And so the final four issues of "Young Liars" begin. With the book ending with issue 18, the conclusion of the book's third six-part story, each issue takes on an added level of meaning and dread. But, if you ignore that, it's just another fantastically weird and surprising issue of "Young Liars" were David Lapham turns things upside down by the end. Again.
You would think that the constant shifting reality of the world of Danny Noonan would grow tiresome, but it always feels organic, like each new twist is necessary to reach the next, that each is simply the predetermined step on the way to the truth. If there is such a thing, of course.
In this issue, Danny (I mean, Johnny) and Sadie (I mean, Loreli) continue to rebel against the small 'perfect' town of Browning, attempting to escape in various ways, all failures. Danny's new plan is to recreate the old gang, gathering together Donnie and Truman, both trapped in seemingly false lives. That is, if Danny is right, which could go either way, honestly. You want to trust in Danny and believe that he knows what he's doing, but when Dr. Rivera (Donnie) points out that Danny's story doesn't really make any sense, the good doctor is right. It doesn't make much sense.
Lapham is surprisingly self-critical in this issue, pointing out that the supposed plan of the Spiders from Mars is convoluted and ridiculous - though, Danny could have the specifics wrong - and, also, when Danny tells the others about their true selves, Rivera responds, "So... in our real lives we're horrible stereotypes?" That willingness to mock the book's beginnings is rare only 15 issues in and also points to the improvisational method in which Lapham creates the book, allowing for growth in unexpected directions. If you look at where the book is now and where it was, the early issues do suffer from comparison.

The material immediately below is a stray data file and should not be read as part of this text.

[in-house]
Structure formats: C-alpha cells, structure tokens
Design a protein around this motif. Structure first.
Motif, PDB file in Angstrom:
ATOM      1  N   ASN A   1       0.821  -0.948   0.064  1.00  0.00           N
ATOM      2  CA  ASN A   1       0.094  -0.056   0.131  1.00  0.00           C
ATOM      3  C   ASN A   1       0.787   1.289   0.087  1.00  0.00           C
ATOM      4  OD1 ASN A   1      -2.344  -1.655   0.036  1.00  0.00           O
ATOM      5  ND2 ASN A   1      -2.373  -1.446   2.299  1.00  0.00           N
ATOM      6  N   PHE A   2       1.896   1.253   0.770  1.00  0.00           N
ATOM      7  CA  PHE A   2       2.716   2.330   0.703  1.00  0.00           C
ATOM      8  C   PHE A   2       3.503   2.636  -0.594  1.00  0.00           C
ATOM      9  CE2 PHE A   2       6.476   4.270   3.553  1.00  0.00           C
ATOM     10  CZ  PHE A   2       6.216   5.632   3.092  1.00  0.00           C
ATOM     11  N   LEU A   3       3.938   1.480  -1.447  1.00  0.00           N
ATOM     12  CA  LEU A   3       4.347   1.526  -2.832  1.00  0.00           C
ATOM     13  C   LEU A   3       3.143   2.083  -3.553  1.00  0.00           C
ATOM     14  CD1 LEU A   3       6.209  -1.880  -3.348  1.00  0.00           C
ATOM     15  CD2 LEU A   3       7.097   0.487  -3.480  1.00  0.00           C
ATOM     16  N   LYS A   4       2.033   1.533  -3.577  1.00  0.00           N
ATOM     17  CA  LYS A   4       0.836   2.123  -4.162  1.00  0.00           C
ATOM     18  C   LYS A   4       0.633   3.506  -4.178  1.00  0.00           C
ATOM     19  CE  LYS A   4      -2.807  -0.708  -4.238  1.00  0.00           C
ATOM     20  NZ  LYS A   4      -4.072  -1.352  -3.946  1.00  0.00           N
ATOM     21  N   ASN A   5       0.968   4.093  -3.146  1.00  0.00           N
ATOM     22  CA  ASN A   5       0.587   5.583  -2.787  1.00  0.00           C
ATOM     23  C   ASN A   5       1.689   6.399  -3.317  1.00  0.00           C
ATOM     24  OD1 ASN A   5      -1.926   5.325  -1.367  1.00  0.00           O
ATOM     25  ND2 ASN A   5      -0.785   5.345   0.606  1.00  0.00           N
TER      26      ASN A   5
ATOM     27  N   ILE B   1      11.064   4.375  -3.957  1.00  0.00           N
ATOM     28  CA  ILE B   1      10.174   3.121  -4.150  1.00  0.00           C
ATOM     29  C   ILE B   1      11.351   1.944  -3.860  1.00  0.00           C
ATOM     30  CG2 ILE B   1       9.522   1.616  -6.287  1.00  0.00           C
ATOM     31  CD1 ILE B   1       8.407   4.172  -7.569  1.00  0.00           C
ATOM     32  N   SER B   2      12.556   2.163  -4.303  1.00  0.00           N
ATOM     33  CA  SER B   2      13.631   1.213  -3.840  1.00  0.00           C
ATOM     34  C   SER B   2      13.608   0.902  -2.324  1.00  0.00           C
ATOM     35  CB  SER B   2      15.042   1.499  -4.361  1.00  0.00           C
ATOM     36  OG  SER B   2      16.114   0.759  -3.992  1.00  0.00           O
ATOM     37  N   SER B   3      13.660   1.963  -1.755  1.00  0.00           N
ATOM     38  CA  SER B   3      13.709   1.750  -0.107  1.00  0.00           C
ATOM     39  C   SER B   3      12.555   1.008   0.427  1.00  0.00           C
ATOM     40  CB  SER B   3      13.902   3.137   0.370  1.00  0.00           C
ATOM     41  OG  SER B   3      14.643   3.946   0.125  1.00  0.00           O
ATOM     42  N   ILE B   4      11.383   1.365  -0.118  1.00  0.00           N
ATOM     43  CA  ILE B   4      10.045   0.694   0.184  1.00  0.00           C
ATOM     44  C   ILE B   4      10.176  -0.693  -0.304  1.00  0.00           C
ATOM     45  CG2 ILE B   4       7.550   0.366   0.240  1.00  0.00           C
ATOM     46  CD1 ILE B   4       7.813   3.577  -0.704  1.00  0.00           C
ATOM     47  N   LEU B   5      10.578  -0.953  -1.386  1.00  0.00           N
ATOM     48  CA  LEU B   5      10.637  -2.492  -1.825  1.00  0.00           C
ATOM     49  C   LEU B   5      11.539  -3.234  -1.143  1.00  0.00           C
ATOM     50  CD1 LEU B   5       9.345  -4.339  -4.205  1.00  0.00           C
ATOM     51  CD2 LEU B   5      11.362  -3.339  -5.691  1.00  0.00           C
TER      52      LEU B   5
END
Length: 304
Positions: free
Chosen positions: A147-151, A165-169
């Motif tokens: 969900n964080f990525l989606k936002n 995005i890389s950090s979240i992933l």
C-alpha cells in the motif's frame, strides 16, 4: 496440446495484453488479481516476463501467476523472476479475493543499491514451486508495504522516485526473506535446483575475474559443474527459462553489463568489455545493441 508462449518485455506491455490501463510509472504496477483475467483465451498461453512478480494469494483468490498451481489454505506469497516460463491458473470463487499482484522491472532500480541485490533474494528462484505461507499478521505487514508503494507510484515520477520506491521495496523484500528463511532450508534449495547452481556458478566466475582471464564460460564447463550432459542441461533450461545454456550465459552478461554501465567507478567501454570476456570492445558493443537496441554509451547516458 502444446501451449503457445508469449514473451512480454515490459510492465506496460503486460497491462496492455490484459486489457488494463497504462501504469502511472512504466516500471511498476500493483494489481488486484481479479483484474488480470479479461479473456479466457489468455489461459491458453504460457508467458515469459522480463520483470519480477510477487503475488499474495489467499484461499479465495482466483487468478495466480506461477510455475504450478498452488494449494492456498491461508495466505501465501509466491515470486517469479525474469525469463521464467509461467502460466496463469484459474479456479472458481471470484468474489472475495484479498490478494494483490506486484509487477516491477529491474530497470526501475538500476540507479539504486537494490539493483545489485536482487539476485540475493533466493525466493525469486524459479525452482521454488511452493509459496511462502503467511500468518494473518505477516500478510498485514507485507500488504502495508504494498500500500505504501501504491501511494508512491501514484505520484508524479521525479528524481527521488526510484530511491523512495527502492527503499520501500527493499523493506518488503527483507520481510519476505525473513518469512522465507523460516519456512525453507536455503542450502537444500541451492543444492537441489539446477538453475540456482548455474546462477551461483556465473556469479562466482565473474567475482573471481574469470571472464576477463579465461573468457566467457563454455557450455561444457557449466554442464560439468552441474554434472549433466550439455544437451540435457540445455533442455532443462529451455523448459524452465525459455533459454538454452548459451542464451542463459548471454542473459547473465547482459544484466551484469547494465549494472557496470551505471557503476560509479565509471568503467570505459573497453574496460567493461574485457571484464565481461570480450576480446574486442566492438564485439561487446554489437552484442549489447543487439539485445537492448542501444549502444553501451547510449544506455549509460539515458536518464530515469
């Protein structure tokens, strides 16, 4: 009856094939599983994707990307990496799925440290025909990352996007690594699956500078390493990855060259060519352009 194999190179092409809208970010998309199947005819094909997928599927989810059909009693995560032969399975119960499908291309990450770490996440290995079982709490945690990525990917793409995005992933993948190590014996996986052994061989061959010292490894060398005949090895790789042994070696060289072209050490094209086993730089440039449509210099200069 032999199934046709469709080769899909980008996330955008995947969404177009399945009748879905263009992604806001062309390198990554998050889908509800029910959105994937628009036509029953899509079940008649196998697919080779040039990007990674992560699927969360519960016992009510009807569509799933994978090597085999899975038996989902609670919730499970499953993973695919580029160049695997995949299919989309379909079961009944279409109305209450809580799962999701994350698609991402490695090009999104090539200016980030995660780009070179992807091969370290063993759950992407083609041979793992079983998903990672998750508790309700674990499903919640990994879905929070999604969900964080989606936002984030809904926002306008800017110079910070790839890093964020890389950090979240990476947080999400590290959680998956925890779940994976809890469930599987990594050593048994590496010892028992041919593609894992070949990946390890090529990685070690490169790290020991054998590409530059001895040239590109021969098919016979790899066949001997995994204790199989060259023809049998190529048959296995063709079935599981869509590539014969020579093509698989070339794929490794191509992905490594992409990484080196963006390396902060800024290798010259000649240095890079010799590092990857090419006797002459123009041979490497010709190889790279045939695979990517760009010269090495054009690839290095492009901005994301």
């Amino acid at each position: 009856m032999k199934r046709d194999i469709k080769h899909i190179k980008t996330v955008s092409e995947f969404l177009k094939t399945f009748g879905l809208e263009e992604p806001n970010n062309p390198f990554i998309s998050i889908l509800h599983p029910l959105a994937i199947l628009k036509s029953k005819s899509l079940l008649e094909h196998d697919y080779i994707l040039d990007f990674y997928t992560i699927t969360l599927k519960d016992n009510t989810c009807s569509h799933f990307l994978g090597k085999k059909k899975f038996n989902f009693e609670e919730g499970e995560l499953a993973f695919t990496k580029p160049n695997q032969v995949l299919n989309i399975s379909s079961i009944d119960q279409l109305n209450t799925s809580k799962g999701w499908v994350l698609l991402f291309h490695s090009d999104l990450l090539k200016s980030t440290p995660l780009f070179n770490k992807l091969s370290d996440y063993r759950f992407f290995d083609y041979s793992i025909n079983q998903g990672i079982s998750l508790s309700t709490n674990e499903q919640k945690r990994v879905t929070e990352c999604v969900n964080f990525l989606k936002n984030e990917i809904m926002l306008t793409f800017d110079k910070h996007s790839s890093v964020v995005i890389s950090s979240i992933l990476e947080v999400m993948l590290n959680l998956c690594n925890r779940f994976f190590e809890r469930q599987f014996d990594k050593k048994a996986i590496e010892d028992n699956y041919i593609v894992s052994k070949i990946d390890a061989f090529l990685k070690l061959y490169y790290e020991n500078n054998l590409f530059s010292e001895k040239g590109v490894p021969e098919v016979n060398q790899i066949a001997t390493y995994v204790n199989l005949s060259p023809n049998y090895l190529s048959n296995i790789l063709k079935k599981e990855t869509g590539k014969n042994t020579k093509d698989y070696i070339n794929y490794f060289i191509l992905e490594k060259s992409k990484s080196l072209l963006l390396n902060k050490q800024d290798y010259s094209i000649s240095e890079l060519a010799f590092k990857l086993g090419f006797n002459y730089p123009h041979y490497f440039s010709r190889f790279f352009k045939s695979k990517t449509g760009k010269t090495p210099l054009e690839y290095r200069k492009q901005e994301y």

The difference in Sadie alone is remarkable as, struggling to believe and trust in Danny, she is only part crazy, fearless 'Sadie Superhero' that began the series. Now, there are doubts and uncertainty, while Danny has moved from insecure and fearful to fearless and confident. It's an interesting reversal, although the fearless Sadie makes an appearance.
Lapham's art continues to impress and perfectly capture the feeling of this weird world. The Browning version of Donnie and Truman don't look like either character at first, but once Danny reveals the truth, the similarities are impossible to ignore. It's a great trick and impressively pulled off.
Only three issues left after this and it looks like Lapham is heading in an absolutely unknown direction since the final pages of this issue change everything. Again. It's superbly crafted and one of the best monthlie